To Set Our Hope says, “St. Paul, as a first century Jewish male steeped in the tradition that includes Leviticus, was strongly opposed to same-sex relations even though he had reversed his position with respect to the issue of Gentile holiness. If we had Paul here, we might legitimately press him about the logic that crosses one boundary but not another.” But why would we need to press him when the answer seems so obvious? Would he not simply say, “I was struck down on the Damascus road and told by God that the long-promised time had come – the wall of partition between Jew and Gentile had been torn down by the death and resurrection of Jesus of Nazareth. But God has made it clear to me that homosexual practice is still forbidden to both Jew and Gentile.” It is disappointing that the distinguished authors of To Set Our Hope didn’t explore the possibility that Paul might have had a consistent set of theological principles which guided him to cross one boundary but not the other. Rather than them pressing Paul, might Paul not legitimately press them as to why they thought they had ‘done’ the theology when in fact they had simply concluded that he was being inconsistent but had not troubled to explore why this should be so? And might more careful listening to others in the Communion not have opened their minds to the possibility that they could be wrong?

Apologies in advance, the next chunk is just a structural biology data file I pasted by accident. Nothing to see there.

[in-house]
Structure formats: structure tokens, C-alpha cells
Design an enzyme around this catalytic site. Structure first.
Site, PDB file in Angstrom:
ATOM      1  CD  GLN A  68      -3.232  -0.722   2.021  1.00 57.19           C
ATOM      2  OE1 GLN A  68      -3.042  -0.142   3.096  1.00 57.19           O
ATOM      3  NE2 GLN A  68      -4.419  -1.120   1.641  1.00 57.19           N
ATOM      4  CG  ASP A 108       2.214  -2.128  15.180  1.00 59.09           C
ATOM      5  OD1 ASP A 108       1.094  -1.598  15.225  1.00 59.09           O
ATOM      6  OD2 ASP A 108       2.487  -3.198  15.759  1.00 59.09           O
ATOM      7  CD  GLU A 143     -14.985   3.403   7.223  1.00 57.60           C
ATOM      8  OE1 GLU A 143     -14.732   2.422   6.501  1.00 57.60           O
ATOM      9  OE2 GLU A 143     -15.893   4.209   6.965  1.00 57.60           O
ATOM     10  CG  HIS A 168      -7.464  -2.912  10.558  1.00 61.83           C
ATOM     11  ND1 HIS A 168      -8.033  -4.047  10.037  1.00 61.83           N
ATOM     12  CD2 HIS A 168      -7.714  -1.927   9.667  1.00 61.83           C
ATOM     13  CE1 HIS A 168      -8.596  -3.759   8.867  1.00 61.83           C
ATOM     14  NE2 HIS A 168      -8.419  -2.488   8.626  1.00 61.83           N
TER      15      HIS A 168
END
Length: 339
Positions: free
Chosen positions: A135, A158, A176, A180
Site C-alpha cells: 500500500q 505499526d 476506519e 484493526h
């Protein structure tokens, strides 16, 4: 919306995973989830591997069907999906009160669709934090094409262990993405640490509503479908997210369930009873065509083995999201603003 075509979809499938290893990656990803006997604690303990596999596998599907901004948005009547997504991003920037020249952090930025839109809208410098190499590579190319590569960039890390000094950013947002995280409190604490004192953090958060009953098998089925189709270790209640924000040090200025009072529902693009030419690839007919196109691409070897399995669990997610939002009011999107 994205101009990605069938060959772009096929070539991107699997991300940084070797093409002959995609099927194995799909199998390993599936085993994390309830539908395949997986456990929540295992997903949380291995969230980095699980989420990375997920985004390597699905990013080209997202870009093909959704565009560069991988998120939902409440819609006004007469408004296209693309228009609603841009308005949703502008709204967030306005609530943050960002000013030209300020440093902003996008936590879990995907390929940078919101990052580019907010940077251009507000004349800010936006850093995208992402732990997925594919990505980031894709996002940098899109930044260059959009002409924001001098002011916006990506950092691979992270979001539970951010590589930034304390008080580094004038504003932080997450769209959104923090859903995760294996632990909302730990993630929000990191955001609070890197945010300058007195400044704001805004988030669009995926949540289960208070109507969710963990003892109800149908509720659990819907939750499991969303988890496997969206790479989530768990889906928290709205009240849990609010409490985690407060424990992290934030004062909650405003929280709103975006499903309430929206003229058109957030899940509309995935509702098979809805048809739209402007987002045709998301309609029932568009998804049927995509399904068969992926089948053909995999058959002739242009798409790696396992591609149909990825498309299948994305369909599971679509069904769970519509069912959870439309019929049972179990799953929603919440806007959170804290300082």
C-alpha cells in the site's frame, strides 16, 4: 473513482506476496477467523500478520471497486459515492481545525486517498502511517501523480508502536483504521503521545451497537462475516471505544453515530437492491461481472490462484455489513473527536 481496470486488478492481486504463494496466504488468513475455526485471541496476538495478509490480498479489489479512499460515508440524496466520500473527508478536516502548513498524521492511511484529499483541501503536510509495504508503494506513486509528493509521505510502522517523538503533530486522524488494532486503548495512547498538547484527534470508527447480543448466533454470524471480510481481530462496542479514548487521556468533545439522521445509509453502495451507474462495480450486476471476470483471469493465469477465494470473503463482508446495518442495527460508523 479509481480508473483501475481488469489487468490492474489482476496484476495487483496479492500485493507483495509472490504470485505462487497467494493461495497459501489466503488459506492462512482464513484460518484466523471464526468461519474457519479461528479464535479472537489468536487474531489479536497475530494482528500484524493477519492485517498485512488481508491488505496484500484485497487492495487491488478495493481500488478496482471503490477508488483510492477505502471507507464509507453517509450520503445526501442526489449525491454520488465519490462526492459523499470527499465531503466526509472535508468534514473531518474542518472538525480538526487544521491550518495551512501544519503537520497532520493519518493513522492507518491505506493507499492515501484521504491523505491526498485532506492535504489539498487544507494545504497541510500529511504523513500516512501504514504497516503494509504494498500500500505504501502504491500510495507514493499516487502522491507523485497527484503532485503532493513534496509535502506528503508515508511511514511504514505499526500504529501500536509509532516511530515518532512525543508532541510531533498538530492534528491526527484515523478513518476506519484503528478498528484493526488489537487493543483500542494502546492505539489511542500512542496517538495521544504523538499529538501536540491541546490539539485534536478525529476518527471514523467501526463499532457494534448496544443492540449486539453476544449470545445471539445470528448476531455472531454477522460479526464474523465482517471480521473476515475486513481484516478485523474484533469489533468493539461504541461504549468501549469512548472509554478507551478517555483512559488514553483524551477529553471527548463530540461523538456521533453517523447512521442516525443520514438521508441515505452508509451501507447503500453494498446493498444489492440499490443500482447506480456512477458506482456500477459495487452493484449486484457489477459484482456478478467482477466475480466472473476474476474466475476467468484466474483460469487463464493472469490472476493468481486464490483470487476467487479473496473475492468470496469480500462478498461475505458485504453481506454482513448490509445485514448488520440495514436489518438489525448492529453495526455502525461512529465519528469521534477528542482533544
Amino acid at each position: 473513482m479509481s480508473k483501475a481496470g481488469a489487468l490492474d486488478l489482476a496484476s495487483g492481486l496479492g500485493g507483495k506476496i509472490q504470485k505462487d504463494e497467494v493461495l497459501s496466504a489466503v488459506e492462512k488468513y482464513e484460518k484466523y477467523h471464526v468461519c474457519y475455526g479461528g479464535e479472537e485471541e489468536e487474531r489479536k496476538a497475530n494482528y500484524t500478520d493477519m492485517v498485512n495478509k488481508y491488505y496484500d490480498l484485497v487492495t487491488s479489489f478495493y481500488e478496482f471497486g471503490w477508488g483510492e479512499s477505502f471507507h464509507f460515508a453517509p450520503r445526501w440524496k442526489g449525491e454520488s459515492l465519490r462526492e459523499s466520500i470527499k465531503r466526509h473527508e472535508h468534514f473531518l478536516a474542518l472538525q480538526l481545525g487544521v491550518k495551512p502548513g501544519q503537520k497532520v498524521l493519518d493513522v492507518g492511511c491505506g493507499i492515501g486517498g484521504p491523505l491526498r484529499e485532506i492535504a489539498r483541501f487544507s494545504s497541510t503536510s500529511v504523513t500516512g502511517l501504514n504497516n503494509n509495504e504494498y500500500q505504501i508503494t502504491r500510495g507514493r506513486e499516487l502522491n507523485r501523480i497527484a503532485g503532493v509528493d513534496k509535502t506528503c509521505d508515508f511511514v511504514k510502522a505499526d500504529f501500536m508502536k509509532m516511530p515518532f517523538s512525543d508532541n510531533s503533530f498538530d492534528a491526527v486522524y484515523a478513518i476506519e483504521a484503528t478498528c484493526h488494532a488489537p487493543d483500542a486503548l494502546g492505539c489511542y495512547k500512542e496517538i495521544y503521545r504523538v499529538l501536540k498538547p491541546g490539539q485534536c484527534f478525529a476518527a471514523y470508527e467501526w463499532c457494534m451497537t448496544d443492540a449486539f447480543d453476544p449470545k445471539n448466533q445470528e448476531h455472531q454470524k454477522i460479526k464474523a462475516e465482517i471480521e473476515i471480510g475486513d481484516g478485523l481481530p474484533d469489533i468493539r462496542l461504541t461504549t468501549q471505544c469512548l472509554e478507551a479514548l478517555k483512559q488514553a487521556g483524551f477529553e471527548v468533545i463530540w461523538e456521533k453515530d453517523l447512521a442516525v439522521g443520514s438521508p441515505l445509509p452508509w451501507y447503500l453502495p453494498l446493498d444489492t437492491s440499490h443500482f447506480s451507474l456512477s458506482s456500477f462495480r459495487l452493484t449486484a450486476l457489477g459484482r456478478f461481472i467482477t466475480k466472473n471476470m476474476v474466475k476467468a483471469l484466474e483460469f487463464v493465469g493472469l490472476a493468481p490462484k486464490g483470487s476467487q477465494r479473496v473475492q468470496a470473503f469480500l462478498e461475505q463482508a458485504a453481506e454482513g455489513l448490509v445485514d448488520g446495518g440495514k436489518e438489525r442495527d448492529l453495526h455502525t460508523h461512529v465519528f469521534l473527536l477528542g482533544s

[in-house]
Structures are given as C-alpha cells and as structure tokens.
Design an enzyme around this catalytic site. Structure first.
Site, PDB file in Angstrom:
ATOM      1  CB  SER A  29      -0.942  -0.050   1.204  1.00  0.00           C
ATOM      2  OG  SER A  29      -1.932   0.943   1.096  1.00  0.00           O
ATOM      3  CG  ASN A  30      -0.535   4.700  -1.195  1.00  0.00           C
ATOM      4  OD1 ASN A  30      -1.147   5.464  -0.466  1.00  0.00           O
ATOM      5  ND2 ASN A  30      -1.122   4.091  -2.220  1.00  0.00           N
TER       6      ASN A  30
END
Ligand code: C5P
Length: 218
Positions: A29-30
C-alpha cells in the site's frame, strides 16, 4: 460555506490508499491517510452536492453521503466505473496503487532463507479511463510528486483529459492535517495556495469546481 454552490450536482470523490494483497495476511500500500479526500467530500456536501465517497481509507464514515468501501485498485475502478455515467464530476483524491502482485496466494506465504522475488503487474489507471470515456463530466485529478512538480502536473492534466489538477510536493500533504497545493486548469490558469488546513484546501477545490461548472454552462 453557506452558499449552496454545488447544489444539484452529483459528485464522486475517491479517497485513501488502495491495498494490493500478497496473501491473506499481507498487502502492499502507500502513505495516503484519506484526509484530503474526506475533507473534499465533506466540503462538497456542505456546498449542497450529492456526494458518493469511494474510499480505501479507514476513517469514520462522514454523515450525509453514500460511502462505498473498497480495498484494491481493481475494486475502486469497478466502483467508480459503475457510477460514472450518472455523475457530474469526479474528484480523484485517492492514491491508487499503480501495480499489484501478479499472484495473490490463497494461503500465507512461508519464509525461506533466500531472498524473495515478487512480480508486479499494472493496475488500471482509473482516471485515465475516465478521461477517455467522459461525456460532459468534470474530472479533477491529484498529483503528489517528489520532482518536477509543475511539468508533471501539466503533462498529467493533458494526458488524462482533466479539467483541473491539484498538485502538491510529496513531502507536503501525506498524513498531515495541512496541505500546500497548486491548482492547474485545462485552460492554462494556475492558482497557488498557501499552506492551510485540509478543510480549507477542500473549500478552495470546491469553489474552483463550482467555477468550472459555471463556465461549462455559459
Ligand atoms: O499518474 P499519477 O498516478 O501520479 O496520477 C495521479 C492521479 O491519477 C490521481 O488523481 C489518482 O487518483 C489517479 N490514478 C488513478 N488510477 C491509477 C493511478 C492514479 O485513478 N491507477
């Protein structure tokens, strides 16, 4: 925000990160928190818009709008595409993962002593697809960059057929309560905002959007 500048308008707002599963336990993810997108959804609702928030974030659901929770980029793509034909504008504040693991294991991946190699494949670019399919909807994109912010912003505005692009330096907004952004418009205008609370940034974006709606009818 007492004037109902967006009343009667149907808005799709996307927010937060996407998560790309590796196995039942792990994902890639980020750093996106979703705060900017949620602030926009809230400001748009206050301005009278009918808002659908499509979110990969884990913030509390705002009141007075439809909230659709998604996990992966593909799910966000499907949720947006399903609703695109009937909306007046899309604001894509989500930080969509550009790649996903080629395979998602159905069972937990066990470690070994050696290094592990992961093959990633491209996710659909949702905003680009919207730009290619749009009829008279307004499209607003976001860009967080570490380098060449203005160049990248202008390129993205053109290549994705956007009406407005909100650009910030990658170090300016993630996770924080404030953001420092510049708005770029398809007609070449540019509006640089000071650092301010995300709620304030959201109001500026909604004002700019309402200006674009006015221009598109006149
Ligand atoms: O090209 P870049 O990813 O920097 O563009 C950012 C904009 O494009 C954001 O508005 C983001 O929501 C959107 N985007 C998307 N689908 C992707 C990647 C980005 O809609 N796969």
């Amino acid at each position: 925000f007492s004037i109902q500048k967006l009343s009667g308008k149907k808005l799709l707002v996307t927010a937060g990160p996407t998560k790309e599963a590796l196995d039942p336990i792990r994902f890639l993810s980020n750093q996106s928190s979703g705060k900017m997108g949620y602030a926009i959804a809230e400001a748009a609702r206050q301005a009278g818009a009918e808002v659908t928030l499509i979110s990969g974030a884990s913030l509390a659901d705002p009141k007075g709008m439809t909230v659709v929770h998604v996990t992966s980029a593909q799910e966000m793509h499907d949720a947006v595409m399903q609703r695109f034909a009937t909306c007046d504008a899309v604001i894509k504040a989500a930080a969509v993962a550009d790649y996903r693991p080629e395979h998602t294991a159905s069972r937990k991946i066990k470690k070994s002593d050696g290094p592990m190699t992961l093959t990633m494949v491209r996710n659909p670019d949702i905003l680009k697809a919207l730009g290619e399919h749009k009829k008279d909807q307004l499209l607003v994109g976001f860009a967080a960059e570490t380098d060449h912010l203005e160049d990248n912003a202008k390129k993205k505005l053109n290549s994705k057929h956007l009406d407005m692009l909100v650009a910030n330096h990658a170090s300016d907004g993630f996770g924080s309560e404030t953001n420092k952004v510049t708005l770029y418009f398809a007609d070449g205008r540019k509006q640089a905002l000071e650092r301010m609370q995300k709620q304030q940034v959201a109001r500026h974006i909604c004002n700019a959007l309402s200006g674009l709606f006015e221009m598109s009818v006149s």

I hope you can see how poor an analogy I think Gentile inclusion is.
2. The Divorce Analogy
You propose that the way that the Church has come to accept divorce and remarriage provides an analogy for the acceptance of homosexual practice. But divorce, though discouraged, was permitted in the OT – indeed God himself reluctantly divorced Israel for her continued unfaithfulness. By contrast, homosexual practice was never allowed – indeed was forbidden in the strongest possible terms.
But you will say that Jesus forbade divorce and remarriage. I wonder if you have read David Instone-Brewer’s Divorce and Remarriage in the Bible – The Social and Literary Context (Eerdmans 2002)? Instone-Brewer is a fine rabbinic scholar at Cambridge University. His thesis is that the Church has crucially misunderstood Jesus’ (and Paul’s) teaching. It is a matter of fact that divorce was lawful in Jesus’ day: many divorce certificates from the time are extant. So it seems strange that Jesus should be asked such a silly question – is it lawful for a man to divorce his wife? – and that he should give an answer that both he and his hearers knew was wrong.